A few years ago, a business customer of mine bought a couple of reasonably powerful laptops from a well-known High Street electronics shop. The shop said that they provided a cloud storage and back-up service, for what seemed like a reasonable fee, and the customer decided to sign up for it straight away. At first everything seemed to work well, but some time later when the customer was trying to retrieve some important files from the service, he noticed that they had zero size. Wondering what on Earth was going on, he got in touch with the shop, but they didn’t have a clue and passed him on to the business who actually ran the cloud service behind the scenes. Surprisingly, the people running the service couldn’t understand what was going on either, so the customer decided that he’d better start looking for a more reliable storage solution.
I suggested to the customer that he might like to consider setting up a network-attached storage (NAS) system. A NAS system consists of a specialised computer that holds multiple hard drives and connects directly to your Internet router / hub. Ordinary computers can then access the storage provided by the NAS system over the local area network, and over the Internet if required. As a NAS system holds multiple hard drives, these can be set up to provide either a massive amount of storage, or half of that amount duplicated for safety. The customer thought this would be a good idea, so I started to research what equipment was available and how much it would cost. It’s possible to build your own custom NAS system using a computer case that can hold plenty of hard drives, and some free software such as ‘FreeNAS’, but an off-the-shelf NAS system has some advantages.
The customer considered buying a Synology DS418 NAS system, which had room for four hard drives. That would allow him to install two hard drives to begin with, then add another two in the future if required. NAS systems usually come without any hard drives installed, so you can set them up with drives of your own choice. We looked at several hard drive models, all of which were designed for use in NAS systems, and eventually settled on two Seagate IronWolf Pro 4 TB drives, as they seemed to have the best performance and reliability. The idea was to set up the two drives in a ‘RAID 1’ configuration, so they exactly mirrored each other. This was the safest configuration, as data to be stored on the NAS system would be automatically written onto both drives. If one drive should ever fail, the other one would keep going and no data would be lost.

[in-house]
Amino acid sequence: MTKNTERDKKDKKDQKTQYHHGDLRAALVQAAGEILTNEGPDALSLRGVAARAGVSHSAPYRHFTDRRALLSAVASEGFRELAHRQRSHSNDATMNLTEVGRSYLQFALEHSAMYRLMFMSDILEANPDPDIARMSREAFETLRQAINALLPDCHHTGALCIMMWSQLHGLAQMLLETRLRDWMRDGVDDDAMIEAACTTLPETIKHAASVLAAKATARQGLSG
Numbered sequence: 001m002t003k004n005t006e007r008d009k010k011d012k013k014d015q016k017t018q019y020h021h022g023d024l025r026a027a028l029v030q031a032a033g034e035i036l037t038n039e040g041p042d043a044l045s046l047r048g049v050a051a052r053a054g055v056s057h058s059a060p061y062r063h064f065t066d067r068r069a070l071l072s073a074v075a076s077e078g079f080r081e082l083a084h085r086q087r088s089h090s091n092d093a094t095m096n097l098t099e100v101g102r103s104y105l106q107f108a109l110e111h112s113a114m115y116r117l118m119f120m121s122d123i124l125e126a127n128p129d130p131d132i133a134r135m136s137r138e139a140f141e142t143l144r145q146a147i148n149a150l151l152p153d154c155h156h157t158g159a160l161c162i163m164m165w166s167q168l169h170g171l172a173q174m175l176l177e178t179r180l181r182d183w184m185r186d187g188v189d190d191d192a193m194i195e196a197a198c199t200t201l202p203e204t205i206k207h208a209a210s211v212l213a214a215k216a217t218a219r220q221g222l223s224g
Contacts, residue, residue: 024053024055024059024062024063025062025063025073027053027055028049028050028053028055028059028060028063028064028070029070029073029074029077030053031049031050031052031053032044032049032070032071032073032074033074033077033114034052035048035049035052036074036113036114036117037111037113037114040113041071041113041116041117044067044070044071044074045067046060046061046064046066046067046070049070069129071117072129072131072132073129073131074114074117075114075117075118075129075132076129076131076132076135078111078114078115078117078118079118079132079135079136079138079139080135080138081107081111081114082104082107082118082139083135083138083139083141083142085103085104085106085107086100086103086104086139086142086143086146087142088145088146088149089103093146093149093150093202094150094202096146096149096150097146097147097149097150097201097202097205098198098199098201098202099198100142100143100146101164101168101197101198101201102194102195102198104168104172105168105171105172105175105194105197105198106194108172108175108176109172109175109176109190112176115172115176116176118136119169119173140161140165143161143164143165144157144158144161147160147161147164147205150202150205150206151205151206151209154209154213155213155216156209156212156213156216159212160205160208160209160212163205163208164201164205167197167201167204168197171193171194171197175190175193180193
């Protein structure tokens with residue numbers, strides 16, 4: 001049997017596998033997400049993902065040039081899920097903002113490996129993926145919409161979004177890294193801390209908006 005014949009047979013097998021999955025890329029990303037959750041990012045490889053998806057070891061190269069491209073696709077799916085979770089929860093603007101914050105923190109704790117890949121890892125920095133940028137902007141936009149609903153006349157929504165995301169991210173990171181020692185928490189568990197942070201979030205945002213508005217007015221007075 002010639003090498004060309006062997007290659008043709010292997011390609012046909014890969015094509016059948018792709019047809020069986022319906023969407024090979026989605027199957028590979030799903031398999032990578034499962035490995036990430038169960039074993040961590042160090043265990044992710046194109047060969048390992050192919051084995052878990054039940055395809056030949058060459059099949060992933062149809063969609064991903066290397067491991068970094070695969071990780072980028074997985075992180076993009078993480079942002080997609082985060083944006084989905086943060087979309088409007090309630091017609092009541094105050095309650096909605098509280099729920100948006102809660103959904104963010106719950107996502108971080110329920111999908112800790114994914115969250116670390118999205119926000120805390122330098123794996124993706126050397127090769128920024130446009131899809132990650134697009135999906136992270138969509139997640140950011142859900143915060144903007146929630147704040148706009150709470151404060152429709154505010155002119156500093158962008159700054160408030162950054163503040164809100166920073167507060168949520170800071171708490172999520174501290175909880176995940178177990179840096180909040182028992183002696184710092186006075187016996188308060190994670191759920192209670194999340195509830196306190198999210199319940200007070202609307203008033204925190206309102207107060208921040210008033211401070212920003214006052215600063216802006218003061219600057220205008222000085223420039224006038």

When the customer began to order the chosen equipment, he discovered that the Synology DS418 was not immediately available, and decided to go for the latest two-drive system instead, which was the Synology DS220+. There was no room for expansion, but if he ever needed more storage, he could always replace the 4 TB hard drives with larger ones, or buy a second NAS system. When the equipment arrived, I installed the two hard drives into plastic holding trays, then slotted them into the NAS enclosure. We then started up the NAS system, and installed the DiskStation operating system by downloading it from the Internet. After that, we set up the two hard drives to mirror each other, and waited some time for the process to complete. The final step was to connect the customer’s two laptops to the new NAS system, and set up some folders for access over the Internet.
Although the NAS system that we set up means that a hard drive failure is not going to cause a problem, that doesn’t guarantee absolute safety for the customer’s data. It’s always possible to lose equipment to fire or theft, so in case that happens, it always pays to have a safe off-site backup. In this particular case, the solution is to have a large external hard drive then copy the contents of the NAS system onto it regularly, and store the external hard drive off-site. If you’d like to make sure that your data is safe from hard drive failures and other possible loss, please get in touch with me and I’ll be glad to help.